The Consul at Peiping ( Freeman ) to the Ambassador in China ( Stuart )5
Sir: I have the honor to refer to the Embassy’s letter dated September 5, 1946, with regard to my appointment as American Adviser to [Page 1413] the Peiping Diplomatic Quarter Liquidation Commission, and to enclose copies of the following relevant documents6 concerning the work of the Commission up to the present time:
- Agenda for the first meeting of the Commission to which the Foreign Advisers were invited on December 11, 1946;
- Minutes of the meeting of December 11, 1946, as recorded by the Chinese Secretary General;7
- Letter from the British Consul8 to the Secretary General of the Commission dated December 21, 1946, enclosing a copy of the minutes of the December 11 meeting as recorded by the British Consul and agreed to by the other Foreign Advisers;9
- Agenda for the second meeting of the full Commission on February 1, 1947;
- Minutes of the February 1 meeting as recorded by the Secretary General;
- Letter from the Secretary General dated March 8, 1947;
- Reply to above dated March 14, 1947;
- Letter from the Secretary General dated March 22, 1947;
- Draft of final joint statement prepared by the Commissioners10 presented at the third meeting of the full Commission on August 30, 1947;
- Consulate’s letter dated September 5, 1947, to the Secretary General enclosing proposed counter-draft of joint agreement approved by the Foreign Advisers.
For three months after the receipt of the Embassy’s letter under reference, no communication was received from the Liquidation Commission requesting the attendance of the Foreign Advisers at meetings of the Commission. Since July 11, 1946, the headquarters of the Commission had been established in the chancery building of the former Spanish Legation which was forcibly occupied on that date under the direction of the former Mayor, General Hsiung Pin (reference Peiping’s despatch no. 10, August 8, 194611). To all appearances, however, nothing was accomplished by the Commission during this period with the exception of the dispatch of two curt mimeographed circulars which were sent to all residents of the Diplomatic Quarter instructing that representatives of the Commission would shortly visit all properties within the Quarter accompanied by police [Page 1414] with the announced purpose of “conducting an investigation of the lands, buildings and official assets within the Legation Quarter”.*
With the appointment of Mayor Ho Ssu-yuan to succeed Hsiung Pin on November 1, 1946, the work of the Liquidation Commission was given renewed importance and Major General Chang Shu-hsien, son-in-law of General Feng Yu-hsiang, and Director of the Peiping office of the Ministry of Foreign Affairs, was appointed Secretary General of the Commission. A meeting of the full Commission to which the Foreign Advisers were invited was scheduled for December 11, 1946, although the Secretary General chose the Peiping office of the Ministry of Foreign Affairs as the meeting place rather than the headquarters of the Commission within the Spanish Legation compound in order to avoid offending the sensibilities of any of the Foreign Advisers.†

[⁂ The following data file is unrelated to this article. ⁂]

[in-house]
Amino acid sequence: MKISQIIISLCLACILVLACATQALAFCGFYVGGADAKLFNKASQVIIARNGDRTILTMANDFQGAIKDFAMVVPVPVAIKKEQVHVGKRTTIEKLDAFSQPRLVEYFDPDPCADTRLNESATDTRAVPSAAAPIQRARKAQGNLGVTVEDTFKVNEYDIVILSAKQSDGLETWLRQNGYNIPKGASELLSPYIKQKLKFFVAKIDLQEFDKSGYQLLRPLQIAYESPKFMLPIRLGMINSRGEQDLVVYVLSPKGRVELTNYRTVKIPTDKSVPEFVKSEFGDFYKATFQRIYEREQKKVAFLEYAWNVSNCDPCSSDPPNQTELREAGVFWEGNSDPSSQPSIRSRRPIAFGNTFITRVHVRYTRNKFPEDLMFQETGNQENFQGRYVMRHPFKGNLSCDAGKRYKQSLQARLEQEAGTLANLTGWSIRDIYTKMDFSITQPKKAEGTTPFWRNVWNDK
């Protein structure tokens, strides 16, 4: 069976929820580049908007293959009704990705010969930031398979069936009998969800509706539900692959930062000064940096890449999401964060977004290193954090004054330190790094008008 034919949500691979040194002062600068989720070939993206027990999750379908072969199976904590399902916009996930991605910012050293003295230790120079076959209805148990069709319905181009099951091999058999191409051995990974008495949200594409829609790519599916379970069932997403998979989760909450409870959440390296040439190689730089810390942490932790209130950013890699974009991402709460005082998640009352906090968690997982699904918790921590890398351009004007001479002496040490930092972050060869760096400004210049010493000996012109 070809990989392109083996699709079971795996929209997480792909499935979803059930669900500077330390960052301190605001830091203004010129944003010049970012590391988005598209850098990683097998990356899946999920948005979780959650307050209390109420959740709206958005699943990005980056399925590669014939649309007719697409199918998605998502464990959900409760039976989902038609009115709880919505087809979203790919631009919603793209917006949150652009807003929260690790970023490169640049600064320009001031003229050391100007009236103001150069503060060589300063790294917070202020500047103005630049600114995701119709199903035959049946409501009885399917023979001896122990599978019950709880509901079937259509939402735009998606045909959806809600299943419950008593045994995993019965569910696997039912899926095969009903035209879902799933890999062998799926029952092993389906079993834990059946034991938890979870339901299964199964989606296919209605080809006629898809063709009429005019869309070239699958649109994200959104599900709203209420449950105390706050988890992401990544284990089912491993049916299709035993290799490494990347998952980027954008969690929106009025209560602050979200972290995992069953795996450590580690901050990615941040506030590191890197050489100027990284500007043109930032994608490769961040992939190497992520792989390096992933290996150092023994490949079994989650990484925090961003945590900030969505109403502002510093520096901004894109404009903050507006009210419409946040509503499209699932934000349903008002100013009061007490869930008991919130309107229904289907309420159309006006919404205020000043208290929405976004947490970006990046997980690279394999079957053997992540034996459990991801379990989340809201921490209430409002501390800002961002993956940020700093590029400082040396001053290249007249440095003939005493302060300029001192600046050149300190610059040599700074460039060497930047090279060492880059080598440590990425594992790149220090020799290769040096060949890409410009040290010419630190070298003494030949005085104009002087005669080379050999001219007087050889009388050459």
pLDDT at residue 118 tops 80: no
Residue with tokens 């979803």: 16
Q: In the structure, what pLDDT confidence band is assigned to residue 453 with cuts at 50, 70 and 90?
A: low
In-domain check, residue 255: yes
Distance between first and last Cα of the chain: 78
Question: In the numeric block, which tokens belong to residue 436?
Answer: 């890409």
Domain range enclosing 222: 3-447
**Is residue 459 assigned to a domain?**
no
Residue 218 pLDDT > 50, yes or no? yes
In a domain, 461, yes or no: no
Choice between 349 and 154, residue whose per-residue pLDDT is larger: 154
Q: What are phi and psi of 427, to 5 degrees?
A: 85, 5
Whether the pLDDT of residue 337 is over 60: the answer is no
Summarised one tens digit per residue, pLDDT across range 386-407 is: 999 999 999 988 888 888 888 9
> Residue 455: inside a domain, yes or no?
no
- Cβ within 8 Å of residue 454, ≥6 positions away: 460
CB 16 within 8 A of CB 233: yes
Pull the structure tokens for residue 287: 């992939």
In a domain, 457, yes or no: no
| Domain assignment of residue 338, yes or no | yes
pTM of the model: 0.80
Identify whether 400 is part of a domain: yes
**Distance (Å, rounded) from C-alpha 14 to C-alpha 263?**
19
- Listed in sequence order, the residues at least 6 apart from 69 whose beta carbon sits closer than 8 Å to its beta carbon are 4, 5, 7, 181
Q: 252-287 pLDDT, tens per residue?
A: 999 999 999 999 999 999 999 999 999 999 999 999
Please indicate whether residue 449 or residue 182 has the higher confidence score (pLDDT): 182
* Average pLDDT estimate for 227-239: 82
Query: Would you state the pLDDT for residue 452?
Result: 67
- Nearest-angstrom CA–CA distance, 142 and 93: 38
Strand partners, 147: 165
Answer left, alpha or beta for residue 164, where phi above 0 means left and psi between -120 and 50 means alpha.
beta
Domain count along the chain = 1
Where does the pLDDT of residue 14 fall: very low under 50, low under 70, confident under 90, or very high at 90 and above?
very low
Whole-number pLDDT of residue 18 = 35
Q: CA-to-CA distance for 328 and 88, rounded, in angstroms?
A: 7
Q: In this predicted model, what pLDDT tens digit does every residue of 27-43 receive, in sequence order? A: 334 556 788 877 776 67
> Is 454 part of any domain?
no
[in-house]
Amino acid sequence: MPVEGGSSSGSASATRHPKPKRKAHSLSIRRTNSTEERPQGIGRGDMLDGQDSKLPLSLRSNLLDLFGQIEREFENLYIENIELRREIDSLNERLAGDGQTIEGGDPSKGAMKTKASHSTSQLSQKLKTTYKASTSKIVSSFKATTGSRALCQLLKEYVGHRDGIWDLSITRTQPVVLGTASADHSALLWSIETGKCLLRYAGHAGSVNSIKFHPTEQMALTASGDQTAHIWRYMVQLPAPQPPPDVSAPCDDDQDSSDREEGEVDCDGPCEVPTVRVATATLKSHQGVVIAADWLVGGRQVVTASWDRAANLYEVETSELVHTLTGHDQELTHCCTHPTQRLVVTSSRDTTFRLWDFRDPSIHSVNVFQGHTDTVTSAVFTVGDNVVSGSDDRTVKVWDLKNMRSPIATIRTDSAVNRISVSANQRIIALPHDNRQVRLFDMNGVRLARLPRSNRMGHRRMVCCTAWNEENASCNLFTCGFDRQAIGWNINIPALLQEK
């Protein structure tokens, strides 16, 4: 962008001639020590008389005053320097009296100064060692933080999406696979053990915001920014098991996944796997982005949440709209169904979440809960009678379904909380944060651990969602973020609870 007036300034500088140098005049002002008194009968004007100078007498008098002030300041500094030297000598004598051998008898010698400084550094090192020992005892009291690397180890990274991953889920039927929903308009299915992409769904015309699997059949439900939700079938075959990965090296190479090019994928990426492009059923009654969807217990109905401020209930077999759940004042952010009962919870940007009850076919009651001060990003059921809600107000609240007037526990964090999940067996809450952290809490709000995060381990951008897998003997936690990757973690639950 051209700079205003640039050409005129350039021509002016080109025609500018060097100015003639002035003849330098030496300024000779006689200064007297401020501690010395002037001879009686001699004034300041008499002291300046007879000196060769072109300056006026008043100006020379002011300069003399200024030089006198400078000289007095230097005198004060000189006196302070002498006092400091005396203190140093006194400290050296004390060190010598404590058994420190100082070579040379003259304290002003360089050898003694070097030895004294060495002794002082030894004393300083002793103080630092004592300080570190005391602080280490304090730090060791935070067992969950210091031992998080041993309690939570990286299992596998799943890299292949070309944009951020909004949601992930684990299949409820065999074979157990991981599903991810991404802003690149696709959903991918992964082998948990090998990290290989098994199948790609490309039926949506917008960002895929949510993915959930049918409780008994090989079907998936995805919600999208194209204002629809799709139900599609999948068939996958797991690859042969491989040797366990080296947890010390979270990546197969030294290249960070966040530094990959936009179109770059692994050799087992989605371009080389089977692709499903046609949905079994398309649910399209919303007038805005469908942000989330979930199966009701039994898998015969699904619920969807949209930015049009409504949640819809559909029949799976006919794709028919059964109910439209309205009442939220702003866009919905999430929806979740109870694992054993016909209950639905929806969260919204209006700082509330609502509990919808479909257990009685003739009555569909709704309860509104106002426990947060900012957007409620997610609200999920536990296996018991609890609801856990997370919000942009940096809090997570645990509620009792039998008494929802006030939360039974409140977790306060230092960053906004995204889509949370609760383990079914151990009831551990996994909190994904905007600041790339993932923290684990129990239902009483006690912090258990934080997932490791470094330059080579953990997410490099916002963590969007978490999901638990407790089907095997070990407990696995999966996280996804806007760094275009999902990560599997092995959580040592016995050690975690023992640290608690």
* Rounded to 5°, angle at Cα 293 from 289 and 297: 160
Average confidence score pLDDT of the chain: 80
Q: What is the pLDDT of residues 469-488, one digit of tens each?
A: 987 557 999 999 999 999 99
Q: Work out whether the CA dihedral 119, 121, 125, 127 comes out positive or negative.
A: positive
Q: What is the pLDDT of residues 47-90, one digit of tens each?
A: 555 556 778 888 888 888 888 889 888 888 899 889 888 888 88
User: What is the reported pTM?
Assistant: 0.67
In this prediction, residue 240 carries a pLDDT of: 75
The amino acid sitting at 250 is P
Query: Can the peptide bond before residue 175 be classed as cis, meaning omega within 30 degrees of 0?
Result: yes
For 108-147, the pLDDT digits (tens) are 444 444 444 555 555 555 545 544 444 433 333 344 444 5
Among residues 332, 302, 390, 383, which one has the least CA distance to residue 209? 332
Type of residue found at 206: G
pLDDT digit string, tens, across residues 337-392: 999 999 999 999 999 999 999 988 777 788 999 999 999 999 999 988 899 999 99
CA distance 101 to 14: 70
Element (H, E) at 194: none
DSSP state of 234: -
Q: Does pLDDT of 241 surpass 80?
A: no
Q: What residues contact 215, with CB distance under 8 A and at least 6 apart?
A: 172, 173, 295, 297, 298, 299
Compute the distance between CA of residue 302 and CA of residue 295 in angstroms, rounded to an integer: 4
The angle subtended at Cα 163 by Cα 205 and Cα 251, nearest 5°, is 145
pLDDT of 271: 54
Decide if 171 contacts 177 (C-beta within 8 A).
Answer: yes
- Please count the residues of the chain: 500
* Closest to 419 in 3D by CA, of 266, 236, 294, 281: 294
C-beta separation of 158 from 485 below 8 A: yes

It was obvious at the outset of the first meeting of the full Commission that the Chinese had very ambitious desires with regard to the work of the Commission. The Mayor (who is concurrently Chairman of the Commission) stated, for example, that the term “official assets” should be interpreted to include not only the open glacis areas, the roads, equipment, etc., which were in the ownership or charge of the former Administrative Commission of the Diplomatic Quarter, but also all land within the Quarter which had been allotted to the various foreign governments. The Commission thus planned to carry out investigations into the origin and title of all private and foreign government properties in the Quarter with an eye to the possibility of fraudulent acquisition. The Commission was also of the opinion that the determination of whether the various foreign governments were using the property allocated to them for official purposes in accordance with the provisions of the treaties abolishing extraterritorial rights (Article II, paragraph 3 of the Sino-American Treaty) was a responsibility of the Commission.
The British Adviser and I objected strongly to this interpretation of the term “official assets” and to the scope of the Commission as envisaged by the Chinese. We expressed our opinion that the term “official assets” should be held to include only those assets which were [Page 1415] in the actual ownership or charge of the Administrative Commission of the Diplomatic Quarter; that the question of determining title to individual properties, whether held by private individuals or by foreign governments, was not within the purview of the Commission as contemplated under the treaties; that the question of whether a foreign government was using the property allocated to it solely for official purposes was one for bilateral discussion between the Chinese Government and the foreign government concerned; and that the status of properties allocated to foreign governments which had been enemies of China during World War II was likewise one which did not come within the scope of the Commission. We suggested that the function of the Commission was a relatively simple one: to determine what were the official assets, obligations and liabilities of the Administrative Commission of the Diplomatic Quarter, and to transfer control of the Quarter (together with all the Administrative Commission’s property, services and debts) to the Chinese Government.‡